Biking Manners for Adults

by Cindy Post Senning on March 13, 2012

This post originally appeared at my parenting blog The Gift of Good Manners. I will be cross posting some of my favorite content from that blog here at the Etiquette Daily periodically. I hope you enjoy these posts as much as I enjoyed writing them.

I just had the amazing opportunity to take a three week bike ride from Washington, DC to Burlington, VT. The trip represents many hours on a bike spent thinking about things like biking etiquette. Often, I’m talking to adults about teaching children safe bike riding and connecting it to good manners. Safe practice is respectful and considerate and a good way to teach kids both manners and safety. I always give two pieces of advice. One – know what you can and should expect from your children at any age and expect it. Two – always be the kind of person you want your children to be. That’s the relevant advice for this article! If you want your children to be safe, mannerly bike riders, you must be a safe and mannerly bike rider yourself.

So… safe and mannerly bike riding means (taken from this handy brochure published by the National Highway Traffic Safety Administration):

Helmet On!

Seven Smart Routes to Bicycle Safety for Adults

  1. Protect Your Head. Wear a Helmet
  2. Assure Bicycle Readiness. Ensure Proper Size and Function of Bicycle.
  3. Ride Wisely. Learn and Follow the Rules of the Road.
  4. Be Predictable. Act Like a Driver of a Vehicle.
  5. Be Visible. See and Be Seen at All Times.
  6. “Drive” with Care. Share the Road.
  7. Stay Focused. Stay Alert.

For a Bicycle Safety Activity Kit, visit the National Highway Traffic Safety Administration (NHTSA) Web site .

{ 3 comments… read them below or add one }

polite punk March 13, 2012 at 11:39 am

This is great. However, I wish, for once, I would see a message to drivers on how to share the road. Yesterday when biking I almost got hit by a car that decided to enter the bike lane as it made a right turn. This happens almost daily.

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Zakafury March 13, 2012 at 1:07 pm

I’d love to know your opinion on how that situation ought to be handled. It seems to me that a wise cyclist would let a car signalling a right turn get a little distance ahead of them to cross the bike lane without trouble. A polite driver wouldn’t try to race ahead of a cyclist before making a right turn.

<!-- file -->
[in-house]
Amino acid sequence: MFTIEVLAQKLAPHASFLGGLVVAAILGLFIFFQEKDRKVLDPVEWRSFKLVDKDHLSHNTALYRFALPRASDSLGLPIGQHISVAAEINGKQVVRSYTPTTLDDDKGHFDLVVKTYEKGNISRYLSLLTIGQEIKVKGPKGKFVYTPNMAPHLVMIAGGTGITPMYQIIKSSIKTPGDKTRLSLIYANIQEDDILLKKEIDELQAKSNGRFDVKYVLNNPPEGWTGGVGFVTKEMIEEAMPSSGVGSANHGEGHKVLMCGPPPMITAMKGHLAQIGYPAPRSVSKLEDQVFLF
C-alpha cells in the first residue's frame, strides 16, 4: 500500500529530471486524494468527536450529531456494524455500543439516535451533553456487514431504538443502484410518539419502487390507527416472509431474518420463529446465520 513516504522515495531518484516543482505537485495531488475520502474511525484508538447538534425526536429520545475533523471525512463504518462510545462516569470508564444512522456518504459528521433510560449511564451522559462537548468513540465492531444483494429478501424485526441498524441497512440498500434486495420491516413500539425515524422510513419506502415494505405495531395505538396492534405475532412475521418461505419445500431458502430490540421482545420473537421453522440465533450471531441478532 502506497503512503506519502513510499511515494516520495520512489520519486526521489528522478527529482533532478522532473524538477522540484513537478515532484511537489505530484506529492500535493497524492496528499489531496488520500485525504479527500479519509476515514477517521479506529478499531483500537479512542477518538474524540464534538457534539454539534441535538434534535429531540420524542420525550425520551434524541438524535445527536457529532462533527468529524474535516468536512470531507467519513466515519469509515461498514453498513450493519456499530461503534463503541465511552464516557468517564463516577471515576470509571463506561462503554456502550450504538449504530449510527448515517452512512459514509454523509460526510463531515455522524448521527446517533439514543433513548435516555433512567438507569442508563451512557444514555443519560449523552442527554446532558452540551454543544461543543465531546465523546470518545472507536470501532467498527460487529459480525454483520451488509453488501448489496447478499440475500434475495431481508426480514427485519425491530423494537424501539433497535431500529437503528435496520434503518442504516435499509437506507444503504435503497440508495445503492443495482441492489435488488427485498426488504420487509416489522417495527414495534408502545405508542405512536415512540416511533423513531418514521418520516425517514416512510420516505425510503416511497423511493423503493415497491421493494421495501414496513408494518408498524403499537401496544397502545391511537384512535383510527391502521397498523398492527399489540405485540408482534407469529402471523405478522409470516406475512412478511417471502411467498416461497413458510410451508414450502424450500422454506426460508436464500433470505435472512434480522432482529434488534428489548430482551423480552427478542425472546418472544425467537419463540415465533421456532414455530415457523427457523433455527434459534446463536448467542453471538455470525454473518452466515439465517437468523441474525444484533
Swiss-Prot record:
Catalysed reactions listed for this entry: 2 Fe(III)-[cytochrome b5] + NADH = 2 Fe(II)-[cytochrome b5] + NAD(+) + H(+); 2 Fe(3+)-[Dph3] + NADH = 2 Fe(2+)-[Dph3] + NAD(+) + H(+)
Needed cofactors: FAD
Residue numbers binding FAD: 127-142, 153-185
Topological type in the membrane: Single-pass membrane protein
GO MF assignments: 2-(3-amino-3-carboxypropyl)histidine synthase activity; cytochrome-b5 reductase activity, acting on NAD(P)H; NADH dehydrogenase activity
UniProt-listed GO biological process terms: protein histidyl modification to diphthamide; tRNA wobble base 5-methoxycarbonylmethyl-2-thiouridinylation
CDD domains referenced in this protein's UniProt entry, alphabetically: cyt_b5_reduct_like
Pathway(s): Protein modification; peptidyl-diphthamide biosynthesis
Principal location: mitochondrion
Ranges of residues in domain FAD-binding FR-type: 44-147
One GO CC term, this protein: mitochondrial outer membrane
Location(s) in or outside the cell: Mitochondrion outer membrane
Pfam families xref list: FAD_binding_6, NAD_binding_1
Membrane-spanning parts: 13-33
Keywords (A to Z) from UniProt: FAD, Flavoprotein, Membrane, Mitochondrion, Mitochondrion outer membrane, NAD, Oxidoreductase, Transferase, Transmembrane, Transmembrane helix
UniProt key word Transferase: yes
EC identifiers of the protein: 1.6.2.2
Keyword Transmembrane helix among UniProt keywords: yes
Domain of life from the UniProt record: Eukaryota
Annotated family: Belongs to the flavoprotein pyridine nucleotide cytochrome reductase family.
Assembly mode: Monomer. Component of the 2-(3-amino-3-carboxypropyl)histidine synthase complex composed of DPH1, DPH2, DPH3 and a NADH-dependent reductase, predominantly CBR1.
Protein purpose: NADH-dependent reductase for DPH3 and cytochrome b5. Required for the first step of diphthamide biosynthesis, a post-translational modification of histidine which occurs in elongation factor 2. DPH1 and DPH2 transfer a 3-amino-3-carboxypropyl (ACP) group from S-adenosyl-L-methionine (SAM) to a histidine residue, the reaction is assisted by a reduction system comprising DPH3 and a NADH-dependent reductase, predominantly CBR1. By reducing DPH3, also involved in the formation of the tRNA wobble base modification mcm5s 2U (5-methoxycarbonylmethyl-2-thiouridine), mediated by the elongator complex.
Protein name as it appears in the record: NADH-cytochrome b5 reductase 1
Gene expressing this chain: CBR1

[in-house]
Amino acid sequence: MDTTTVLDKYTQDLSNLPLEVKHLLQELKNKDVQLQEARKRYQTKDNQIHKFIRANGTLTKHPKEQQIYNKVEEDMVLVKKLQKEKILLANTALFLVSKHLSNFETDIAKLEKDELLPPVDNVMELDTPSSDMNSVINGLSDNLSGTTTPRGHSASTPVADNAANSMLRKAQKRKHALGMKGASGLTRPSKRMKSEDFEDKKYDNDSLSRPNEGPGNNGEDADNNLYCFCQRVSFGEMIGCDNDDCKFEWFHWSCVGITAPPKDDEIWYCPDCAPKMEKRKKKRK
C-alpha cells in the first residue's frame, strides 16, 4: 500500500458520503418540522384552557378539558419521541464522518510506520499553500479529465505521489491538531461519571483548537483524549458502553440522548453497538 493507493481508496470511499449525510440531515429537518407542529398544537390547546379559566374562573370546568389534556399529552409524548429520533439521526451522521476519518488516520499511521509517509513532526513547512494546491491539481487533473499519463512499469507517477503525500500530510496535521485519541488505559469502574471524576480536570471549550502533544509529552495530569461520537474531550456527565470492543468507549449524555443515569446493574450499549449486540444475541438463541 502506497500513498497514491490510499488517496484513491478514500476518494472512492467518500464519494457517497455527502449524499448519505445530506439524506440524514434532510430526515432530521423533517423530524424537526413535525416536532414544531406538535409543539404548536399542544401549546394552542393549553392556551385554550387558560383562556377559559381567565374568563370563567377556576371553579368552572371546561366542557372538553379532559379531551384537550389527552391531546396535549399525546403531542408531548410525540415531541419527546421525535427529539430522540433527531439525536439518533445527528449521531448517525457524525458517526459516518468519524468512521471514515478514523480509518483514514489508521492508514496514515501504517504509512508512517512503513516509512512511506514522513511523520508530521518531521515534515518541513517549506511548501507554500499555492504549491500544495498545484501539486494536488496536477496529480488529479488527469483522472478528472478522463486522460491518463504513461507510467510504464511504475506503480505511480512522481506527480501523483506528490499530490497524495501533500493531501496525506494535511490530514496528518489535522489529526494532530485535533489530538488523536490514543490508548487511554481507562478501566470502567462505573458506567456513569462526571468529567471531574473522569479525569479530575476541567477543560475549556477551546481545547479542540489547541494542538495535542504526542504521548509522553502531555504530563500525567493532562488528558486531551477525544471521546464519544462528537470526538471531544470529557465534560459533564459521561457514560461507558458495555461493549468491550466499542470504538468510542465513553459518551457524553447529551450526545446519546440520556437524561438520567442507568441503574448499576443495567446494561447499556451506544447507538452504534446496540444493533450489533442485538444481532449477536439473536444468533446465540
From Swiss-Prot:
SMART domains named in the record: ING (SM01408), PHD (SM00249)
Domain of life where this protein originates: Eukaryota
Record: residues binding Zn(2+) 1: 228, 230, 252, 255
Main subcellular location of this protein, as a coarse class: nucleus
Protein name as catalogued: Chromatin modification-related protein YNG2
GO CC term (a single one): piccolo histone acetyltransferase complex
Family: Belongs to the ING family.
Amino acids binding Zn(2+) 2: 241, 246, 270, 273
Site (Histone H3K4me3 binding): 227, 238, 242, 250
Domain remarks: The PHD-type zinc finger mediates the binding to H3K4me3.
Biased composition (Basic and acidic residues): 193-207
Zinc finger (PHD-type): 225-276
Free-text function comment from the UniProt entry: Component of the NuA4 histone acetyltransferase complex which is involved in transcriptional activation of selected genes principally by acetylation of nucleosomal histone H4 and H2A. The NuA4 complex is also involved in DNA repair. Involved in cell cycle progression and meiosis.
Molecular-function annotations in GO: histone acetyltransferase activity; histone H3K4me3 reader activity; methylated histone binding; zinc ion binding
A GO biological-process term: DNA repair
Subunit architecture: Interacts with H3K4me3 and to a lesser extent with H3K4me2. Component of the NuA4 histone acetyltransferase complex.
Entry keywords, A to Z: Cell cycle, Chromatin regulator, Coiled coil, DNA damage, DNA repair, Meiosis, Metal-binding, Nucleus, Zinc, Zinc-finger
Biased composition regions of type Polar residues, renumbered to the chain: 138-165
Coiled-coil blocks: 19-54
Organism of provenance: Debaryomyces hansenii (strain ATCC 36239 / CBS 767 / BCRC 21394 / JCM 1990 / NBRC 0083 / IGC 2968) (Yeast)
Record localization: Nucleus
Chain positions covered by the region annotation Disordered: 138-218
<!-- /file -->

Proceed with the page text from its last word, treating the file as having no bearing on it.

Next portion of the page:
If I saw bike traffic, I might “merge” into the bike lane a short way before my intersection, so I wouldn’t have to worry about a cyclist trying to pass me at just the wrong time. I could see how this could incite an “It’s my right of way in this lane!” response, but bicycle lanes are uniquely dangerous precisely because cyclists feel they are sacred and car turning right cannot avoid crossing them.

I wish I could personally thank every cyclist I ever see actually waiting at a red light.

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polite punk March 13, 2012 at 11:12 pm

Technically, the driver doesn’t actually have to cross the bike lane, as the bike lane breaks in the intersections. However, yes, if there is a driver near or in front of me with their right turn signal, I do tend to give them a little distance so that their turn is easier. This guy, on the other hand, cut me off and pulled right in front of me. Sadly, this happens more often than not. He was also on his cell phone.

It would also be nice if drivers learned to look in bike lanes before opening their car doors.

I stop at every stop sign and wait at almost every red light. (The ones I don’t wait at are the ones in very residential neighborhoods where there isn’t another car around. In this case, I do treat it like a stop sign, but will often keep going once I’ve decided it’s clear).

Another reason why I recommend helmets is that I feel like they signify to car drivers that the biker is more serious about her safety.

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